After that, installation was straightforward. Starting with the System Tools diskette, and progressing through the Utilities 1, Utilities 2, Printing Tools and finally System Tools, I installed them all. Of course the first step was to run the installer on the first of those diskettes, the System Tools diskette. I did that and it reported to me:

  • Finder 6.1.8 / System 6.0.8
  • Total Memory: 32,768
  • Finder: 6,966K
  • System: 25,802K

From the installer, I used the “Customize” option and selected the following:

  • 32 bit Quickdraw
  • Software for ImageWriter (I have one of these)
  • Software for AppleTalk ImageWriter
  • System Software for Macintosh IIfx
  • AppleShare (Workstation)
  • Software for AppleTalk Responder

After selecting one of the free partitions as the target of the exercise, I clicked Install, and off it went, eventually consuming all of the install diskettes and running to a successful completion.

Alright. With the install completed, I held my breath, restarted and waited expectantly. Unfortunately, it booted right back into System 7.5.5. The newly loaded System 6.0.8 partition was mounted on the desktop and I could see all the files that had been installed, but I had landed back on the System 7.5.5 partition, not the freshly loaded System 6.0.8 partition. However, it looked complete and ready to go, and so I went into System 7.5.5’s Control Panels, ran the Startup Disk control panel and selected the System 6.0.8 partition as the startup disk. Once more I held my breath and hopefully restarted.

This time I was rewarded with a System 6.0.8 desktop! The new partition was up and running. Now nothing is perfect of course. System 6.0.8 complained about the System 7.5.5 partition, claiming that it needed “minor repairs”. This was worrying. It occurred to me that System 6.0.8’s “repairs” of an otherwise functional System 7.5.5 partition might end up trashing the partition, but since System 6.0.8 was the OS that I ultimately wanted on the machine anyway, I decided to take the risk and let it make its “repairs”. Worst case – I might have to reload System 7 at a later time if I decided I wanted it. I OK’d the “minor repairs” and they ran through quickly and apparently successfully. Once complete, the System 7.5.5. disk mounted on the desktop without complaint and all was well. I restarted once again.

Success all around. The Macintosh IIfx booted up into System 6.0.8 without any warning or error messages this time, and with all partitions mounted on the desktop. And it was FAST… really FAST. The Macintosh IIfx really is “wicked fast”! I repeated the boot and timed it. From the first appearance of the gray screen after power up until full desktop was only 7.5 seconds! THAT is fast! I ran Apple Personal Diagnostics and was rewarded with the below screen shots:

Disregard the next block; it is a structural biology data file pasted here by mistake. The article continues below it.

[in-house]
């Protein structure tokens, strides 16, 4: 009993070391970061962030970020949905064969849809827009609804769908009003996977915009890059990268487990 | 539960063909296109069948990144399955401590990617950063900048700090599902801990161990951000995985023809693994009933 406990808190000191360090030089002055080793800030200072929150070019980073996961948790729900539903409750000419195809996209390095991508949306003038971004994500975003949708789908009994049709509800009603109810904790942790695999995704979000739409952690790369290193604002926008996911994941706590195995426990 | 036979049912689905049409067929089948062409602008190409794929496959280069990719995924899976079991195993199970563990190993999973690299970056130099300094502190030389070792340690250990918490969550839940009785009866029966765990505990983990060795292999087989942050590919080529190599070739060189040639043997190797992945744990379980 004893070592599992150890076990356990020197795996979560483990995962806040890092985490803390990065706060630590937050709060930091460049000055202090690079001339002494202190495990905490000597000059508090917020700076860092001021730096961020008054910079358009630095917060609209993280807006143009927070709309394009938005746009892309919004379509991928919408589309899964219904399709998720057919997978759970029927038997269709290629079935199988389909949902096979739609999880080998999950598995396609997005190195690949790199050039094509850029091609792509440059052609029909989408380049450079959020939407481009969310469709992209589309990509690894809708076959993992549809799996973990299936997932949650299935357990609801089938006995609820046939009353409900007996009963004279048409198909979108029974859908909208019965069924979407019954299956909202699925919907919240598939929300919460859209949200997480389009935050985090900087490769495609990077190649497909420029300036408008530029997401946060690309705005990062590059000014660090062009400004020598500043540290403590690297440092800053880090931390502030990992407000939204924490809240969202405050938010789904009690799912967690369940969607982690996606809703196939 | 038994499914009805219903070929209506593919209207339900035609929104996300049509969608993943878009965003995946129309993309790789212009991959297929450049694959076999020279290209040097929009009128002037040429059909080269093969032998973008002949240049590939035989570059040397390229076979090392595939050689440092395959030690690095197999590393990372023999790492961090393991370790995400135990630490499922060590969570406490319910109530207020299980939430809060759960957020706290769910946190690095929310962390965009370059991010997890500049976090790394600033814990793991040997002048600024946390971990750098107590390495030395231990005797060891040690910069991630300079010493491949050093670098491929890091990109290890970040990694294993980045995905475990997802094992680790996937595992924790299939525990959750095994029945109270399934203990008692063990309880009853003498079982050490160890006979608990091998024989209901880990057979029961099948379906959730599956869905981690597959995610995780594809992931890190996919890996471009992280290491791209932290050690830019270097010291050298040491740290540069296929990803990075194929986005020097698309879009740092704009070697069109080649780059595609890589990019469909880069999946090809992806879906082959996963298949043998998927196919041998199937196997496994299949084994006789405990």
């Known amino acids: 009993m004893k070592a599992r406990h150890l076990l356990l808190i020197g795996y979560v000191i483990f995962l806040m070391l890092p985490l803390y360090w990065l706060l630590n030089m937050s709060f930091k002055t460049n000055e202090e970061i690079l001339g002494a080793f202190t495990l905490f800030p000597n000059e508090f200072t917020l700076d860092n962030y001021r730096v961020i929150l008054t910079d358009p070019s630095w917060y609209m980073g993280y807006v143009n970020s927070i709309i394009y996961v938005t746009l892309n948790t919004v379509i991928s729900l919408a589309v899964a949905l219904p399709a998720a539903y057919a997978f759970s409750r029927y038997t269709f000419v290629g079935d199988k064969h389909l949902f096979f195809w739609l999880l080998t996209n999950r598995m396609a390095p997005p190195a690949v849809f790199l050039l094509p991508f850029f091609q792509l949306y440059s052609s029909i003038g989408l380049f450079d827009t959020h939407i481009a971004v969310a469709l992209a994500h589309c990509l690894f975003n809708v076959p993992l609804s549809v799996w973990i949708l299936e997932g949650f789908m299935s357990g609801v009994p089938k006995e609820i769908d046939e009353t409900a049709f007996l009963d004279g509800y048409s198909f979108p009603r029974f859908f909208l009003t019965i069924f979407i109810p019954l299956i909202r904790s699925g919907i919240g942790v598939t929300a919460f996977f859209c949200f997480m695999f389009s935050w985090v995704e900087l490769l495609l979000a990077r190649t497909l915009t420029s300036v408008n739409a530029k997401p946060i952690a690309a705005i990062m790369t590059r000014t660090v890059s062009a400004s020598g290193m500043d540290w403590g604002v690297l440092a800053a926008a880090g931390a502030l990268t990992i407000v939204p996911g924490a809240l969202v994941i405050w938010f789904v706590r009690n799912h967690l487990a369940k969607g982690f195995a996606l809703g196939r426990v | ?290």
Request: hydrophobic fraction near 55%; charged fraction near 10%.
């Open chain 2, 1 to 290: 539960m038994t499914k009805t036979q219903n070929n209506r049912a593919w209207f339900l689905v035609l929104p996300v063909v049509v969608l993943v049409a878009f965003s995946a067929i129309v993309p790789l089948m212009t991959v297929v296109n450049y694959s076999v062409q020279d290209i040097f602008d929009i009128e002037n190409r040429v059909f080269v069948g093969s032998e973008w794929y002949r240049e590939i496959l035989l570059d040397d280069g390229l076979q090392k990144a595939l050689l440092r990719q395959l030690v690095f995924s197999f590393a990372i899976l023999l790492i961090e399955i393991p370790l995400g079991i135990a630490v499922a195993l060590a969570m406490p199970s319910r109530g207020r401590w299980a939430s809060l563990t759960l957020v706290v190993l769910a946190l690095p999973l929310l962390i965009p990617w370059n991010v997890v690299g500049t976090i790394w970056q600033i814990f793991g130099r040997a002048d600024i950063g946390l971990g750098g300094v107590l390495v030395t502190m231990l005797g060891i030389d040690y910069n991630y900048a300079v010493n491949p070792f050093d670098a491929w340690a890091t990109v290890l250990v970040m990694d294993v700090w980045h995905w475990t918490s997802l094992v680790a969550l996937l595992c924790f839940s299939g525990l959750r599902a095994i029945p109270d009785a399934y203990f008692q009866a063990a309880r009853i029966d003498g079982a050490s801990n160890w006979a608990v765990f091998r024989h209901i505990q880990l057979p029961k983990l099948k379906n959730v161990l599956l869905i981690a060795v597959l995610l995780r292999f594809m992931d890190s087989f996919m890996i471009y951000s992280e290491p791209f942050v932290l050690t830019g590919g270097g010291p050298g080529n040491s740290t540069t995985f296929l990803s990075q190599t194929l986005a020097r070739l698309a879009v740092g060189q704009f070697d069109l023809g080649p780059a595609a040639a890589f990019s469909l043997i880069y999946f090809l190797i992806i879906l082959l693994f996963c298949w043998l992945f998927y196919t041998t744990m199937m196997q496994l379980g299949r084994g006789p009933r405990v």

Just to round this story off, I have to close out one last hanging thread. Did I trash the System 7.5.5 partition with the “minor repairs” that System 6.0.8 had made? Could I still boot System 7.5.5 afterwards? I am happy to report that all was well in that department too. In System 6.0.8, I started the Control Panels and selected the Startup Device control panel. I was able to see and select the System 7.5.5 disk as the startup partition, and after a restart, the machine did in fact come up in System 7.5.5. Of course from System 7.5.5, I could use the Start Up Disk control panel to select the System 6.0.8 partition and so henceforth, I could flip back and forth between the two at will, just as I had hoped.

The net result therefore was that the Macintosh IIfx could now boot either its “native” System 6.0.8 or the later System 7.5.5. Complete success had been achieved.

Where to from here? Next up in this series will be a (hopefully) short post about loading and configuring applications onto the System 6.0.8 install for the Mac IIfx. I won’t “make a meal out of this” since for the most part it was already covered in some detail in my earlier series of posts on System 6.0.8. That will be followed by a post relating the results of the performance tests I ran between the Mac IIsi under System 6, the Mac IIfx also under System 6 and the Mac IIfx under System 7. To round this out, we will look at similar tests between the 40 MHz 68030 powered Mac IIfx and the 40 MHz 68040 powered Quadra 840av. A little unscientific, but interesting nonetheless.

Finally, and to round the performance test area out, I will also digress slightly and present the results of a similar performance test I ran between an eclectic set of racehorses: the 40MHz 68040 based Quadra 840av (Mac OS 8.1), the 25 MHz 68040 based Quadra 660av (Mac OS 7.6) and finally a 100 MHz 486DX4/100 PC (DOS/Windows 3.1). These results were quite interesting and in some cases can be compared to similar results from the Macintosh IIfx tests!

Lots more to come!